This is an example why Europe is ahead of the US in using tech for Financial services. In Northern Europe Branches and FTE in retail banking have dropped with 30-50%... whereas in the US in fact the number of bank teller jobs did not decrease as the ATMs were rolled out (see Chart 1). Instead, two factors combined to preserve teller jobs.First, ATMs increased the demand for tellers because they reduced the cost of operating a bank branch. Thanks to the ATM, the number of tellers required to operate a branch office in the average urban market fell from 20 to 13 between 1988 and 2004. But banks responded by opening more branches to compete for greater market share. Bank branches in urban areas increased 43 percent. Fewer tellers were required for each branch, but more branches meant that teller jobs did not disappear.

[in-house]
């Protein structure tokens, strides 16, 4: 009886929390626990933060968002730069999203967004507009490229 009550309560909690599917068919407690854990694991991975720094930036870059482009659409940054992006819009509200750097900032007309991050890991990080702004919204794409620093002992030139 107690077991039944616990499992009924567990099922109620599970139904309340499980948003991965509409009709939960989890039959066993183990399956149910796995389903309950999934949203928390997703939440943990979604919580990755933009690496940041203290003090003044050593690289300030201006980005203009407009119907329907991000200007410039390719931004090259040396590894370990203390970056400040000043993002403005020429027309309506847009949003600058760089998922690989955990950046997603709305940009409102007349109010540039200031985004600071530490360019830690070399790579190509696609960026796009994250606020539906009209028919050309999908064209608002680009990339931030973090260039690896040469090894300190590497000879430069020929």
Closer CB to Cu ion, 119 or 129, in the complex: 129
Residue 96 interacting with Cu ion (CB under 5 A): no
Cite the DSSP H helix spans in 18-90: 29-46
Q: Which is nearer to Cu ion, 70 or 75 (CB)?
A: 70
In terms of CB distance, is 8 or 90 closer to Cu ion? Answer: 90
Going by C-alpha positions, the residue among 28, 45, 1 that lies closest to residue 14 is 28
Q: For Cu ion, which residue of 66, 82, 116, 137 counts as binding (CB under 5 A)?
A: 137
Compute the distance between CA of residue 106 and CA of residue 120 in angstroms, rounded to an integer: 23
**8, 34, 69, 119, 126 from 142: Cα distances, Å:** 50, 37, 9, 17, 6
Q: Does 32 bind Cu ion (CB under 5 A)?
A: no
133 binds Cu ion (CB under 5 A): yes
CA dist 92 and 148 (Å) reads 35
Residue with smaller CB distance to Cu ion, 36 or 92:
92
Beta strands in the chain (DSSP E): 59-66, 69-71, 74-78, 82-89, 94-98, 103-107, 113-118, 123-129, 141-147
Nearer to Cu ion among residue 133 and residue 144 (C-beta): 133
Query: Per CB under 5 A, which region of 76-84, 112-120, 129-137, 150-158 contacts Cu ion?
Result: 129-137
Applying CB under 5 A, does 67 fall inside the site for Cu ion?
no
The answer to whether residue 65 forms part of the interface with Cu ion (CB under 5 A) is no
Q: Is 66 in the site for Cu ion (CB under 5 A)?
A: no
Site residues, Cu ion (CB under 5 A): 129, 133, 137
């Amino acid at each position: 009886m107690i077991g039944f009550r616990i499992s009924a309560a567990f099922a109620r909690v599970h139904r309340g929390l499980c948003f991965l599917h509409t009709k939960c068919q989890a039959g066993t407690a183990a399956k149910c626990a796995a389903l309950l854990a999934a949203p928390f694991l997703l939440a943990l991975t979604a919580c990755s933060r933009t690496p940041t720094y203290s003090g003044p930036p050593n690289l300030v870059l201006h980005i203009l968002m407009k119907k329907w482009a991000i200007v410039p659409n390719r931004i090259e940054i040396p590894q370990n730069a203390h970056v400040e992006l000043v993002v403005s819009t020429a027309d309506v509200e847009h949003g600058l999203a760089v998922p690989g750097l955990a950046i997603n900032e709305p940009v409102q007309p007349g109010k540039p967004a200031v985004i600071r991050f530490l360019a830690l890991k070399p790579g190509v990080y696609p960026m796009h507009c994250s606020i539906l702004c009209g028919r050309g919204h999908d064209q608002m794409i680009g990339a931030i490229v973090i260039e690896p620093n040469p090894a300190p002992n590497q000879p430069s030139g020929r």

Not likely. Just because computers can perform some job tasks does not mean that jobs will be eliminated. Consider bank tellers. Automated teller machines (ATMs) were first installed in the United States and other developed economies in the 1970s. These machines handle some of the most common tasks bank tellers performed, such as dispensing cash and taking deposits. Starting in the mid-1990s, banks rapidly increased their use of ATMs; over 400,000 are installed in the United States alone today. One might expect such automation to decimate the ranks of bank tellers, but in fact the number of bank teller jobs did not decrease as the ATMs were rolled out (see Chart 1). Instead, two factors combined to preserve teller jobs. First, ATMs increased the demand for tellers because they reduced the cost of operating a bank branch.